Magazine article Variety

World Cultural Change: What's Next?

Magazine article Variety

World Cultural Change: What's Next?

Article excerpt

PRATFALLS AND GOOFS CAUGHT ON CAMERA made Vin Di Bona's career. But that doesn't mean the creator of "America's Funniest Home Videos" is an ideal videographer.

"When my daughter graduated from high school, I panned over the stage and she'd already walked by," sighs the onetime documentary filmmaker. "I got a great picture of my grandson's first birthday, where he's singing 'Happy Birthday,' but I was on pause. They don't let me near a video camera any more."

Fortunately Di Bona's facility, or lack thereof, with a camera has nothing to do with the way he's been able to make - and keep - "AFV" a success. The show, which starts its 25th season Oct. 5 on ABC, is a remarkable example of the way an old-fashioned clip show concept can evolve in the new millennium whirl of digital platforming, social media and the Internet.

It's easy to think that a show of amateur-shot clips would have begun its slow decline the moment the first cat video was uploaded to YouTube circa 2005, but "AFV" retains enviable stats: It is the No. 1 show for family co-viewing on broadcast TV; summer 2014 ratings were up 11% over summer 2013; and 93% of its viewership is live, an unheard-of number outside of sports or special events programming.

Many of those things would not matter in the long run, however, if "AFV" hadn't been able to update with the times. During much of the show's lifespan, tech advances had been to its advantage: Shrinking cameras and the option to record digitally meant more people could record more footage for less mon- ey - and thereby capture more classic moments for "AFV."

But once videos that at one time would have been ripe for "AFV" viewers bypassed the show by appearing online - and worse, when classic unlicensed "AFV" moments appeared on YouTube - technology no longer seemed the show's ally.

"Vin fought it," says Lisa Black, exec VP of content, revenue and business development for Vin Di Bona Prods, and FishBowl Worldwide Media (another of Di Bona's companies, which focuses more on original transmedia production). "He hired all these lawyers and had takedown notices on YouTube. But he got with the program relatively quickly; I have to give him credit."

Di Bona admits: "There was a time when my blood would boil at the mention of YouTube. But it's not going away, so we may as well use it to our advantage."

By turning "AFV" into a brand and not just a TV show, new worlds opened up. Di Bona and Black took back ownership of the show's digital platforms from ABC, whose focus had shifted to more longform programming in the digital space, and made their own Web page a hub for submissions and content.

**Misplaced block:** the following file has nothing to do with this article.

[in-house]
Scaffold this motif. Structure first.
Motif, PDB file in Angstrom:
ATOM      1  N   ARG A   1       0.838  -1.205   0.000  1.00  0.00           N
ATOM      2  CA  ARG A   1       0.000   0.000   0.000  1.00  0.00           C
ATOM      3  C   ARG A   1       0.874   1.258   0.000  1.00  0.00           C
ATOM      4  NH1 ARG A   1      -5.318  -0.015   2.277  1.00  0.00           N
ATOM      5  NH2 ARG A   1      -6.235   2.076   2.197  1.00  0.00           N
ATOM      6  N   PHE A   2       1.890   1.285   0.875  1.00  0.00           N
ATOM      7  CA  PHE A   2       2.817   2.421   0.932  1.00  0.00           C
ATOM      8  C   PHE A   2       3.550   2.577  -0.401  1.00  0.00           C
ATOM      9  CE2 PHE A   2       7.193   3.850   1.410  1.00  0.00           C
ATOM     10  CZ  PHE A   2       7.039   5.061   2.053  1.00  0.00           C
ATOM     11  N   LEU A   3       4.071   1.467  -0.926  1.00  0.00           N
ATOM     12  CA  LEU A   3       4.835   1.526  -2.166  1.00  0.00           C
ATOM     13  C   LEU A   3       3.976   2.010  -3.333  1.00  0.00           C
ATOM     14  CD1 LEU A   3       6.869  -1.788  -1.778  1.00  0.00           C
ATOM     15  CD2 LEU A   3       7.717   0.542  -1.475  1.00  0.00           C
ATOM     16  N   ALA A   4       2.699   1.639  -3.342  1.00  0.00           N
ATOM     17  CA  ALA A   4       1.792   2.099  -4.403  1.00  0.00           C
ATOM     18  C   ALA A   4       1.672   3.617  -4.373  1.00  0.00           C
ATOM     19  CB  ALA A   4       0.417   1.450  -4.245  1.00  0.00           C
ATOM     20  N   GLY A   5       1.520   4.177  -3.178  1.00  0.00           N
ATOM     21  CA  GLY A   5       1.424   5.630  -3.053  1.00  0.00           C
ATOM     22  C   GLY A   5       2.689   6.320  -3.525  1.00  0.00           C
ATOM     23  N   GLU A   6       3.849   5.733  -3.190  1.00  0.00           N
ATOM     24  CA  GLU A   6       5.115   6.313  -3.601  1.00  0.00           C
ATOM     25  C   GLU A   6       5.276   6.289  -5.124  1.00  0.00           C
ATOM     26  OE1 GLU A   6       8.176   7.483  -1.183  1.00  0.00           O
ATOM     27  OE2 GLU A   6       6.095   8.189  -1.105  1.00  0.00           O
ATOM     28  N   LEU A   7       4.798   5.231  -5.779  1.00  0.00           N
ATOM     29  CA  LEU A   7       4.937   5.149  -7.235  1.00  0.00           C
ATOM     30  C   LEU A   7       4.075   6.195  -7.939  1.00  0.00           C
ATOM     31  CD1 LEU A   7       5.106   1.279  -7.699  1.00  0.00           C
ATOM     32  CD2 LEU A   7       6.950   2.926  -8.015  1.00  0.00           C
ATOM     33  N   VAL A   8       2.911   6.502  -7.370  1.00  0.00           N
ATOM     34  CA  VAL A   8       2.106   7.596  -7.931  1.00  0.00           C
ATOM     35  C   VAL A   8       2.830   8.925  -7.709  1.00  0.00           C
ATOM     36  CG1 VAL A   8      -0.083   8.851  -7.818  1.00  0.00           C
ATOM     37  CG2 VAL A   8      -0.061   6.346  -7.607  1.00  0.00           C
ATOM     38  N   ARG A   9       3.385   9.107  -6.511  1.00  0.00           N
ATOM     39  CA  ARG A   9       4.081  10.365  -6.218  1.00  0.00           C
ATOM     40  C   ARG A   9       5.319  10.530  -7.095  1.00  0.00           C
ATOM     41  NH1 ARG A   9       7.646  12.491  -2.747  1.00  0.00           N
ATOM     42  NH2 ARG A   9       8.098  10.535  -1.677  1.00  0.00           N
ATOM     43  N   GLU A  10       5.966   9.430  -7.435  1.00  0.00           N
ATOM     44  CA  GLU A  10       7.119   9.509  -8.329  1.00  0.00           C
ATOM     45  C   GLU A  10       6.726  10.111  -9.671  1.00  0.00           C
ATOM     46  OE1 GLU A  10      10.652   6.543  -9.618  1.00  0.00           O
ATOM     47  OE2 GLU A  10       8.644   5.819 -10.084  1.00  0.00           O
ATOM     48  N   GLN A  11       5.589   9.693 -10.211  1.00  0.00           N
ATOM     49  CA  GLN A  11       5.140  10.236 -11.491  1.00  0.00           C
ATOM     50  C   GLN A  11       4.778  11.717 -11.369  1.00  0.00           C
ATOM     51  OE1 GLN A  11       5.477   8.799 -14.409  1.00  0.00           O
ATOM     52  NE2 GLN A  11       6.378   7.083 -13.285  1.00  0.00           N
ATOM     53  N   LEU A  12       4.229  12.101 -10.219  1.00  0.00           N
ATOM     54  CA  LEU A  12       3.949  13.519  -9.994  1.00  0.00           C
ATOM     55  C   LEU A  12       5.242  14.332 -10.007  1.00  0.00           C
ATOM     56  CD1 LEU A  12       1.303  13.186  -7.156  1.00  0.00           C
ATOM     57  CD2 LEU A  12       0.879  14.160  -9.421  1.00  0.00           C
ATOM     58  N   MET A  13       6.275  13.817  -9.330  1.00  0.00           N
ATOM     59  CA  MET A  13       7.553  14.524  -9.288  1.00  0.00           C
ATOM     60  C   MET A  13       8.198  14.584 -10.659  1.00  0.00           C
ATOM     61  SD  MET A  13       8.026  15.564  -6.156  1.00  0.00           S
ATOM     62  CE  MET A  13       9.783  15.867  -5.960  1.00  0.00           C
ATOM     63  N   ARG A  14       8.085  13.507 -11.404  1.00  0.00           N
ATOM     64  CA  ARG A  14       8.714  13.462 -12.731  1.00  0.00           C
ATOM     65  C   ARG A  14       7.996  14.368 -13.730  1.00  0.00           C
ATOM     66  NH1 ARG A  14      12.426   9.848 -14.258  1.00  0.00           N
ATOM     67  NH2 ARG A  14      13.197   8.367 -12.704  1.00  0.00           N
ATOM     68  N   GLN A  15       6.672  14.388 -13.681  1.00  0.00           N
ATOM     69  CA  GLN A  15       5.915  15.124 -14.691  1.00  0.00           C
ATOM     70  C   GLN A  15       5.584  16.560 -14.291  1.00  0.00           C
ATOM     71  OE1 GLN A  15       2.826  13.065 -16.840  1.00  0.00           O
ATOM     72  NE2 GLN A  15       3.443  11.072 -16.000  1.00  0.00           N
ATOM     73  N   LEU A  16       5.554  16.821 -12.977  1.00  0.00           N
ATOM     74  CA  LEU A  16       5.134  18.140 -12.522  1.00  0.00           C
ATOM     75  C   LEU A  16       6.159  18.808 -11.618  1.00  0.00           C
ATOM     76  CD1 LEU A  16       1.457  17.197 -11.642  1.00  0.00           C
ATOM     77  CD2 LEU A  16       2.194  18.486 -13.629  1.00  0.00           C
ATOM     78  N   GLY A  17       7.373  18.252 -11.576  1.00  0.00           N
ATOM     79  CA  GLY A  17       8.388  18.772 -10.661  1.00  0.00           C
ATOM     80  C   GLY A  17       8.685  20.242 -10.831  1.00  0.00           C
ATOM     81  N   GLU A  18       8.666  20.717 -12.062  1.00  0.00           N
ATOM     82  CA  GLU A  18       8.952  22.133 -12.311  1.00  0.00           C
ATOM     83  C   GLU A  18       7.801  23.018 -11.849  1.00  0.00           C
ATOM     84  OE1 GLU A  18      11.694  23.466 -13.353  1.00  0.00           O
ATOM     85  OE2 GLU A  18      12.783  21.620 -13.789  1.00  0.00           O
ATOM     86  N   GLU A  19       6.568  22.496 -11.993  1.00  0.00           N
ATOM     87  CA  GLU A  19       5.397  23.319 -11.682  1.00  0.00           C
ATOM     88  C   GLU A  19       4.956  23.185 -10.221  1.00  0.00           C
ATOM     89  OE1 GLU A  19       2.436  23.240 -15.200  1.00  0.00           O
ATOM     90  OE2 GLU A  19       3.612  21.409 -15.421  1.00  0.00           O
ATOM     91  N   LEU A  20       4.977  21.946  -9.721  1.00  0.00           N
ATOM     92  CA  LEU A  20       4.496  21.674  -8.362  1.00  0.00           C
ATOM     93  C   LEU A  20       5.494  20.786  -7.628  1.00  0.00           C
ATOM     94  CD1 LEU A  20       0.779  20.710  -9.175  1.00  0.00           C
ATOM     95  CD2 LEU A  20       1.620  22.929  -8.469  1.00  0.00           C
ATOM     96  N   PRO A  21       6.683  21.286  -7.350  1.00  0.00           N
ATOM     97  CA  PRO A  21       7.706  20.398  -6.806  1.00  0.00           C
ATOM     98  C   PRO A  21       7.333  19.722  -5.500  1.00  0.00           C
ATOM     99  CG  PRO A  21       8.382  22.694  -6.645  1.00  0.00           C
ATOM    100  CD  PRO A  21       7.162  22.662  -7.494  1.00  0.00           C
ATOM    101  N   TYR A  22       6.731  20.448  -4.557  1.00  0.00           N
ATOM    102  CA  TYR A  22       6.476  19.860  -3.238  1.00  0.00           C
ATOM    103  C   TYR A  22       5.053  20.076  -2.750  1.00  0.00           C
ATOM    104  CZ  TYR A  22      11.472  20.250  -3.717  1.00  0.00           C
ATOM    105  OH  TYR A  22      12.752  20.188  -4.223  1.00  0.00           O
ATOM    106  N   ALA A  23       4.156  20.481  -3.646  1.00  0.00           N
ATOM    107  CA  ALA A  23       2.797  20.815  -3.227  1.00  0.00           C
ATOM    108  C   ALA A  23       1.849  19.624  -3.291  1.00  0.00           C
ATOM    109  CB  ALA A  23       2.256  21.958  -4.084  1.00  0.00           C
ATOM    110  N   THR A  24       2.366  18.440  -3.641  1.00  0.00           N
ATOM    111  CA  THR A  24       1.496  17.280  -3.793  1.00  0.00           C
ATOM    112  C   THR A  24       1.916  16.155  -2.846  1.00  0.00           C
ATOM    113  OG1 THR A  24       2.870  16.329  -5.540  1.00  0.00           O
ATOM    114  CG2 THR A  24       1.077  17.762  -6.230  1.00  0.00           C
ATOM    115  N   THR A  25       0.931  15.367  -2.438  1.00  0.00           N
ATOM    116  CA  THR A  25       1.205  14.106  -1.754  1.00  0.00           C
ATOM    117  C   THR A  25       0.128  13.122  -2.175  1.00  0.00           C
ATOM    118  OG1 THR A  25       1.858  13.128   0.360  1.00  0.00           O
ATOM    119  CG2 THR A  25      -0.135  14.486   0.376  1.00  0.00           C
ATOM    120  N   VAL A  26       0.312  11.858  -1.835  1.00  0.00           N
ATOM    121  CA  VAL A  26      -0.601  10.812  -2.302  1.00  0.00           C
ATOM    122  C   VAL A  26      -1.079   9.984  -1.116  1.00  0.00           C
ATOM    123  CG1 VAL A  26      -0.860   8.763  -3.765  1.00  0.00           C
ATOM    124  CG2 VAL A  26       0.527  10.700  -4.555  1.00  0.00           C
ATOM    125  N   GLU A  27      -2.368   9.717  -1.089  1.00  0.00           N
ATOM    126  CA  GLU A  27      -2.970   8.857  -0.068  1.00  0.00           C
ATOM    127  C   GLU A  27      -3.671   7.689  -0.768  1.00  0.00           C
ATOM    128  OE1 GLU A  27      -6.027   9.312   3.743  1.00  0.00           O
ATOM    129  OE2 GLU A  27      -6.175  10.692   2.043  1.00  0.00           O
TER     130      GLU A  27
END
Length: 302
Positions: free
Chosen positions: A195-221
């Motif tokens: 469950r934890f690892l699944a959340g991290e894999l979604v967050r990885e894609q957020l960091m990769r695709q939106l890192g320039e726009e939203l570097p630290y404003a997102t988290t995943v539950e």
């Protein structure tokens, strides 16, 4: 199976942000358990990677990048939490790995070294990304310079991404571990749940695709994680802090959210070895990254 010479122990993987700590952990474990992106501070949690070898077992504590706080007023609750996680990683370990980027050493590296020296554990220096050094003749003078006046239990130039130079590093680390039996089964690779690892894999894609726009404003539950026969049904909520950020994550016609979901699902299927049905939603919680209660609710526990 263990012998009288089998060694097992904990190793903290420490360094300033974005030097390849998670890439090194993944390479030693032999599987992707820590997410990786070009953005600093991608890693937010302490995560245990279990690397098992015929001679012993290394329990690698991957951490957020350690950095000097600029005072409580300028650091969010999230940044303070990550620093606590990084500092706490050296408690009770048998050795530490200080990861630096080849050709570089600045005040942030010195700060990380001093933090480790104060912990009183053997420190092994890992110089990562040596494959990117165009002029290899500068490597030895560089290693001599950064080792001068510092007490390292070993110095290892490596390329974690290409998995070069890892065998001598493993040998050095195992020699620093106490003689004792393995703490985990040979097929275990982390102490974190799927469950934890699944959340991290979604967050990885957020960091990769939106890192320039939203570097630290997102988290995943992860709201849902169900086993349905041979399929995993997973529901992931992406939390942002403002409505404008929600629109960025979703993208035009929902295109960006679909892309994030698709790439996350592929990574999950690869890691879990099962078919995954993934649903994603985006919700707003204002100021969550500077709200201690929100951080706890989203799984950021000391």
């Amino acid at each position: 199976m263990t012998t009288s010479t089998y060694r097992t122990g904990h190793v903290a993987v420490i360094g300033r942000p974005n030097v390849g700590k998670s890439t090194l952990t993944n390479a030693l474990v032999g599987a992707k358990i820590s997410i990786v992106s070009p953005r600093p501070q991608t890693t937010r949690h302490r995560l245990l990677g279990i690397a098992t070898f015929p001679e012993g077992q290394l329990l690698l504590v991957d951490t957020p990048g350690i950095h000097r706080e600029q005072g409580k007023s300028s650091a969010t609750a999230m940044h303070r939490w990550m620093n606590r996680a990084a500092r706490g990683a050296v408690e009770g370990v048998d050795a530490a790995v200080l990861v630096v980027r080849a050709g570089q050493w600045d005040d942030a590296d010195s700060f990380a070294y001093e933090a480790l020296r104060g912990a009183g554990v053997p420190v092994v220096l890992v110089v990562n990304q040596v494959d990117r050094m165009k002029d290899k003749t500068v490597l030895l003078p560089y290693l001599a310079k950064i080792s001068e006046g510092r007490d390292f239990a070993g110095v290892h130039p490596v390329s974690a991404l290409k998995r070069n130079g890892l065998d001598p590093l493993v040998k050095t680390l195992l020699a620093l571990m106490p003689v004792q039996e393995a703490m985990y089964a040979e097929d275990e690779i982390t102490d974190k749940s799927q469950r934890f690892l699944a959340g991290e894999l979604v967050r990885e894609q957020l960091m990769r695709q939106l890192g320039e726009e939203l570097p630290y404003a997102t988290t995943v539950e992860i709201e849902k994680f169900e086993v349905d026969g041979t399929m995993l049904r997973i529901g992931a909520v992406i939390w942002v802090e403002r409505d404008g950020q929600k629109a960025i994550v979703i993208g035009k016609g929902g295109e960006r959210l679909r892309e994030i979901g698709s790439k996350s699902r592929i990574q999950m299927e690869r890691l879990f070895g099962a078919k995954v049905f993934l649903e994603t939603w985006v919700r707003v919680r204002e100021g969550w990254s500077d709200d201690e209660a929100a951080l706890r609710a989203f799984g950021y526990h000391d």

Next, they branched out into social media, with significant success: Since 2013, "AFV's" YouTube channels (AFVOfficial, AFV Kids, AFV Animals) have seen a 14% growth in subscribers (to 16 million), a 1,000% growth in impressions on AFV.com (which sees 1.5 million monthly views) and "AFV" is regularly one of the most talked-about TV shows on Facebook.

A fourth YouTube channel, AFV Approved, launches in October.

"AFV" recently inked a partnership with image-hosting site Imgur to feature content from classic episodes and the current season packaged into looping GIFs, which will also be promoted on air.

Meanwhile, "AFW mobile app has been downloaded more than 1 million times, and allows for streaming of thousands of videos; in November an Android app will include customizable playlists and the ability to send "AFV" content as part of a message to friends.

It's a classic example of not just thinking outside the box, but of re-envisioning the box itself: Over 24 seasons, the show has taken in thousands of hours of content, so why not repurpose that content to fit a modern, younger audience that wants to do more than just watch videos?

"We live in a creator culture today," says Black. "Why not put the content out there for people to do what they want with it? There's such a strong desire these days for people to touch the content; even if that person doesn't tune in, they're touching the brand and that's meaningful. …

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